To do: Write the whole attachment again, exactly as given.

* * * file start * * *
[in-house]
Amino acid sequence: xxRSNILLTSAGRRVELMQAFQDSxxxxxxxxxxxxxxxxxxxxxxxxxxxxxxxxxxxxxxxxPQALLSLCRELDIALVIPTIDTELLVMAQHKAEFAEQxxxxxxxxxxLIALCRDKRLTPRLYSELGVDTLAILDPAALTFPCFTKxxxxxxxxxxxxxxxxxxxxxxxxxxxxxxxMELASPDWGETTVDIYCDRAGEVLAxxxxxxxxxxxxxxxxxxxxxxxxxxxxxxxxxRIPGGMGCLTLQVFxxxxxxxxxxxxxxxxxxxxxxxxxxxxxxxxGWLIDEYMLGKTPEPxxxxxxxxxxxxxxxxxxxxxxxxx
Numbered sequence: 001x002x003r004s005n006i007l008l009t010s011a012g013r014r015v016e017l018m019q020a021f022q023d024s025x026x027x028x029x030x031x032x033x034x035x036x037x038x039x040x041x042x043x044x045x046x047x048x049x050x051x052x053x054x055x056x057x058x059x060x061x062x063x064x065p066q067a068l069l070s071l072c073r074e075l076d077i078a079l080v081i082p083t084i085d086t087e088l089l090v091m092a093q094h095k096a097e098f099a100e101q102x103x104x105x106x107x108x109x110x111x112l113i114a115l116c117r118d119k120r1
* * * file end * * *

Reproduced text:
[in-house]
Amino acid sequence: xxRSNILLTSAGRRVELMQAFQDSxxxxxxxxxxxxxxxxxxxxxxxxxxxxxxxxxxxxxxxxPQALLSLCRELDIALVIPTIDTELLVMAQHKAEFAEQxxxxxxxxxxLIALCRDKRLTPRLYSELGVDTLAILDPAALTFPCFTKxxxxxxxxxxxxxxxxxxxxxxxxxxxxxxxMELASPDWGETTVDIYCDRAGEVLAxxxxxxxxxxxxxxxxxxxxxxxxxxxxxxxxxRIPGGMGCLTLQVFxxxxxxxxxxxxxxxxxxxxxxxxxxxxxxxxGWLIDEYMLGKTPEPxxxxxxxxxxxxxxxxxxxxxxxxx
Numbered sequence: 001x002x003r004s005n006i007l008l009t010s011a012g013r014r015v016e017l018m019q020a021f022q023d024s025x026x027x028x029x030x031x032x033x034x035x036x037x038x039x040x041x042x043x044x045x046x047x048x049x050x051x052x053x054x055x056x057x058x059x060x061x062x063x064x065p066q067a068l069l070s071l072c073r074e075l076d077i078a079l080v081i082p083t084i085d086t087e088l089l090v091m092a093q094h095k096a097e098f099a100e101q102x103x104x105x106x107x108x109x110x111x112l113i114a115l116c117r118d119k120r1